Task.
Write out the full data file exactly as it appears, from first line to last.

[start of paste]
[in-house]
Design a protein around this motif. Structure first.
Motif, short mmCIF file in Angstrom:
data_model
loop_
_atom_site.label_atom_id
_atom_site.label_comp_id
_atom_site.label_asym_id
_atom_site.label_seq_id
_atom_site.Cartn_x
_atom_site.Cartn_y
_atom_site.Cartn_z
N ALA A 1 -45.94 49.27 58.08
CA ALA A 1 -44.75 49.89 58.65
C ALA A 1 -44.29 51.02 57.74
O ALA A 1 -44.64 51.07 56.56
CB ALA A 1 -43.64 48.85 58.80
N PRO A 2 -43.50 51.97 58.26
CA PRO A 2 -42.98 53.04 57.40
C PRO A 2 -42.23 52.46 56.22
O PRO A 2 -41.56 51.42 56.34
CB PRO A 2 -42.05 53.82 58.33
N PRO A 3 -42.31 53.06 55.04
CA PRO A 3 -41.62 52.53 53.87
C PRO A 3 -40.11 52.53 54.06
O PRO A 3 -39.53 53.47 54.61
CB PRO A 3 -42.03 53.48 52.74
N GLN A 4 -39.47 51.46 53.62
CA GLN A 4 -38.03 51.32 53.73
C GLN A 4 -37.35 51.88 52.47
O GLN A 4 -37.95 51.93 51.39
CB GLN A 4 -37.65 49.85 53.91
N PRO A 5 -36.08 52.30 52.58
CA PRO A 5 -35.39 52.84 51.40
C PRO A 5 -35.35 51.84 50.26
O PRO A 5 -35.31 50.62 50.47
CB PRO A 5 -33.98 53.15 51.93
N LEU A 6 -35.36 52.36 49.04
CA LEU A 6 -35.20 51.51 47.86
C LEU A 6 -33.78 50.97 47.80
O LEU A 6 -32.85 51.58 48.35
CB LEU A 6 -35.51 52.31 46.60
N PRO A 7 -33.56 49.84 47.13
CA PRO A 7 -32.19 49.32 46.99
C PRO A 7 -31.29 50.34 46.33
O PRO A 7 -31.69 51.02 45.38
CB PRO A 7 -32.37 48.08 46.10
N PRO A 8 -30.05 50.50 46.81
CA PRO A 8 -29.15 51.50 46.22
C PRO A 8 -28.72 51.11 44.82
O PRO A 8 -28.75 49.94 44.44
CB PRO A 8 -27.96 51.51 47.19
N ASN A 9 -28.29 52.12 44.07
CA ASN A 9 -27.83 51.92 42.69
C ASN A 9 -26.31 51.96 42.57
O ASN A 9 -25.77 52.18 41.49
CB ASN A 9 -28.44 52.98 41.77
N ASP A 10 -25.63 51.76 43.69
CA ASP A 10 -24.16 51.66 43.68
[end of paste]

[in-house]
Design a protein around this motif. Structure first.
Motif, short mmCIF file in Angstrom:
data_model
loop_
_atom_site.label_atom_id
_atom_site.label_comp_id
_atom_site.label_asym_id
_atom_site.label_seq_id
_atom_site.Cartn_x
_atom_site.Cartn_y
_atom_site.Cartn_z
N ALA A 1 -45.94 49.27 58.08
CA ALA A 1 -44.75 49.89 58.65
C ALA A 1 -44.29 51.02 57.74
O ALA A 1 -44.64 51.07 56.56
CB ALA A 1 -43.64 48.85 58.80
N PRO A 2 -43.50 51.97 58.26
CA PRO A 2 -42.98 53.04 57.40
C PRO A 2 -42.23 52.46 56.22
O PRO A 2 -41.56 51.42 56.34
CB PRO A 2 -42.05 53.82 58.33
N PRO A 3 -42.31 53.06 55.04
CA PRO A 3 -41.62 52.53 53.87
C PRO A 3 -40.11 52.53 54.06
O PRO A 3 -39.53 53.47 54.61
CB PRO A 3 -42.03 53.48 52.74
N GLN A 4 -39.47 51.46 53.62
CA GLN A 4 -38.03 51.32 53.73
C GLN A 4 -37.35 51.88 52.47
O GLN A 4 -37.95 51.93 51.39
CB GLN A 4 -37.65 49.85 53.91
N PRO A 5 -36.08 52.30 52.58
CA PRO A 5 -35.39 52.84 51.40
C PRO A 5 -35.35 51.84 50.26
O PRO A 5 -35.31 50.62 50.47
CB PRO A 5 -33.98 53.15 51.93
N LEU A 6 -35.36 52.36 49.04
CA LEU A 6 -35.20 51.51 47.86
C LEU A 6 -33.78 50.97 47.80
O LEU A 6 -32.85 51.58 48.35
CB LEU A 6 -35.51 52.31 46.60
N PRO A 7 -33.56 49.84 47.13
CA PRO A 7 -32.19 49.32 46.99
C PRO A 7 -31.29 50.34 46.33
O PRO A 7 -31.69 51.02 45.38
CB PRO A 7 -32.37 48.08 46.10
N PRO A 8 -30.05 50.50 46.81
CA PRO A 8 -29.15 51.50 46.22
C PRO A 8 -28.72 51.11 44.82
O PRO A 8 -28.75 49.94 44.44
CB PRO A 8 -27.96 51.51 47.19
N ASN A 9 -28.29 52.12 44.07
CA ASN A 9 -27.83 51.92 42.69
C ASN A 9 -26.31 51.96 42.57
O ASN A 9 -25.77 52.18 41.49
CB ASN A 9 -28.44 52.98 41.77
N ASP A 10 -25.63 51.76 43.69
CA ASP A 10 -24.16 51.66 43.68